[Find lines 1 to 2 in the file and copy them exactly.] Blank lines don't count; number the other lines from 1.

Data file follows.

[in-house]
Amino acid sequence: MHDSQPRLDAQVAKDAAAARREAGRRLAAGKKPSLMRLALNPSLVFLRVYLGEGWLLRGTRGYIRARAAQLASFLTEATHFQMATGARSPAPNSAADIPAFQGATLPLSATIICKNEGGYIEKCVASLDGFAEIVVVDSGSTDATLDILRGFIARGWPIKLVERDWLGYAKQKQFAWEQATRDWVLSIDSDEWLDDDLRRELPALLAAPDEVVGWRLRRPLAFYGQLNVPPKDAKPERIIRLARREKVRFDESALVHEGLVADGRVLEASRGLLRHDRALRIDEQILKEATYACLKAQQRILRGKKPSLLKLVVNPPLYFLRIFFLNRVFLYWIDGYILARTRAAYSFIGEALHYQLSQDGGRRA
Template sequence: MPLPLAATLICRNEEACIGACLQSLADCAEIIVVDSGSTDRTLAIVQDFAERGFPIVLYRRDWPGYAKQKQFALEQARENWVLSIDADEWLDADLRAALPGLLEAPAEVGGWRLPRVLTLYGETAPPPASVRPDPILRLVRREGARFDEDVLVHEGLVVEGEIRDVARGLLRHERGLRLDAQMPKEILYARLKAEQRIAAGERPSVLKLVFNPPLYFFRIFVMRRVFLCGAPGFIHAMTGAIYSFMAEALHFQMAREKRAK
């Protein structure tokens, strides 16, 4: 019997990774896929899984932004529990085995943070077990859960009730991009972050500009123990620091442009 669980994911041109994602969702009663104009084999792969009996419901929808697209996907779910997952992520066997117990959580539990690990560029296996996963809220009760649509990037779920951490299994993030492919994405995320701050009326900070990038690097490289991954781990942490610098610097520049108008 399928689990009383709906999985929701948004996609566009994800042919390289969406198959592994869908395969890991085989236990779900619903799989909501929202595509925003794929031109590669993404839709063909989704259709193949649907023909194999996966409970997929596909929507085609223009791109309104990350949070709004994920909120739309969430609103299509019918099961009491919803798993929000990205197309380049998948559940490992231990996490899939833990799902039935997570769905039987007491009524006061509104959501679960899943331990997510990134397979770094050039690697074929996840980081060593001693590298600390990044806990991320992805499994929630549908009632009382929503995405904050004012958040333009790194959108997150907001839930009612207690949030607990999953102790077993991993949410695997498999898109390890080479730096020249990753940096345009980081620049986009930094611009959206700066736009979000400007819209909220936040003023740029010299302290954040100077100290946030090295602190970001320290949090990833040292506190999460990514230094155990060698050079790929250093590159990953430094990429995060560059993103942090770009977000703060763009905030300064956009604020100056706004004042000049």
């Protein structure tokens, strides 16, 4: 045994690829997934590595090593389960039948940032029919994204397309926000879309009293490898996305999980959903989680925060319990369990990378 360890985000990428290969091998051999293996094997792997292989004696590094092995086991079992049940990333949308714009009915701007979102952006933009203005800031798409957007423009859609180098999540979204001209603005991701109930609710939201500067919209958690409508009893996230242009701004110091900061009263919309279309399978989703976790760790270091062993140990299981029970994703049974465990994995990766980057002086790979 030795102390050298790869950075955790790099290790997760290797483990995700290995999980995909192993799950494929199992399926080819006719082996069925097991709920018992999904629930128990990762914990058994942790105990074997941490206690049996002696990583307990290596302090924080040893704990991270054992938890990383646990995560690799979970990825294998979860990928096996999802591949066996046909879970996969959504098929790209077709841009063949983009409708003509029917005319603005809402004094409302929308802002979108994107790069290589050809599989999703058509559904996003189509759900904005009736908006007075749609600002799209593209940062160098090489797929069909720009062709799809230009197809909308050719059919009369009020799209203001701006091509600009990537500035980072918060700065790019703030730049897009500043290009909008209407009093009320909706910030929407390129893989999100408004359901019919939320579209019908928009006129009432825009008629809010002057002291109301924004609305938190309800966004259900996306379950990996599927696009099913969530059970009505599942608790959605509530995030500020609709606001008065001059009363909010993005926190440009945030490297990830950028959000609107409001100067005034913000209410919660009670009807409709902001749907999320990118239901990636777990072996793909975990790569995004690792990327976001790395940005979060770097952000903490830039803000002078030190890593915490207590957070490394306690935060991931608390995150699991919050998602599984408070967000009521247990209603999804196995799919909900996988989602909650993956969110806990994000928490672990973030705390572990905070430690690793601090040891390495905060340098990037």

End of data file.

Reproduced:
[in-house]
Amino acid sequence: MHDSQPRLDAQVAKDAAAARREAGRRLAAGKKPSLMRLALNPSLVFLRVYLGEGWLLRGTRGYIRARAAQLASFLTEATHFQMATGARSPAPNSAADIPAFQGATLPLSATIICKNEGGYIEKCVASLDGFAEIVVVDSGSTDATLDILRGFIARGWPIKLVERDWLGYAKQKQFAWEQATRDWVLSIDSDEWLDDDLRRELPALLAAPDEVVGWRLRRPLAFYGQLNVPPKDAKPERIIRLARREKVRFDESALVHEGLVADGRVLEASRGLLRHDRALRIDEQILKEATYACLKAQQRILRGKKPSLLKLVVNPPLYFLRIFFLNRVFLYWIDGYILARTRAAYSFIGEALHYQLSQDGGRRA